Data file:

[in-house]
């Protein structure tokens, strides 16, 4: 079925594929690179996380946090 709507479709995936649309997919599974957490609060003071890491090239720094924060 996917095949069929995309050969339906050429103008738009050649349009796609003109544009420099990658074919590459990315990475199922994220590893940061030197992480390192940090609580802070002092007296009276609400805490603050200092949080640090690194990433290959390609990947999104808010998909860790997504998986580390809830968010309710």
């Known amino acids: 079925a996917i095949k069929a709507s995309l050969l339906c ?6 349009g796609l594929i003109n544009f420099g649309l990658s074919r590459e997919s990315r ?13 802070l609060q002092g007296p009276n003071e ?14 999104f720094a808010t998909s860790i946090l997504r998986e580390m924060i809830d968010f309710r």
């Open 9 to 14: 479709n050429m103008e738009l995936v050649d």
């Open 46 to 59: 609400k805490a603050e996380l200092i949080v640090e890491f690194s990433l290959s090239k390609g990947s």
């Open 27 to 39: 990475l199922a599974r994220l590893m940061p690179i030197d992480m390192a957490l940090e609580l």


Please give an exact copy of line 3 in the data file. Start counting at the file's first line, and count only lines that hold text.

């Known amino acids: 079925a996917i095949k069929a709507s995309l050969l339906c ?6 349009g796609l594929i003109n544009f420099g649309l990658s074919r590459e997919s990315r ?13 802070l609060q002092g007296p009276n003071e ?14 999104f720094a808010t998909s860790i946090l997504r998986e580390m924060i809830d968010f309710r």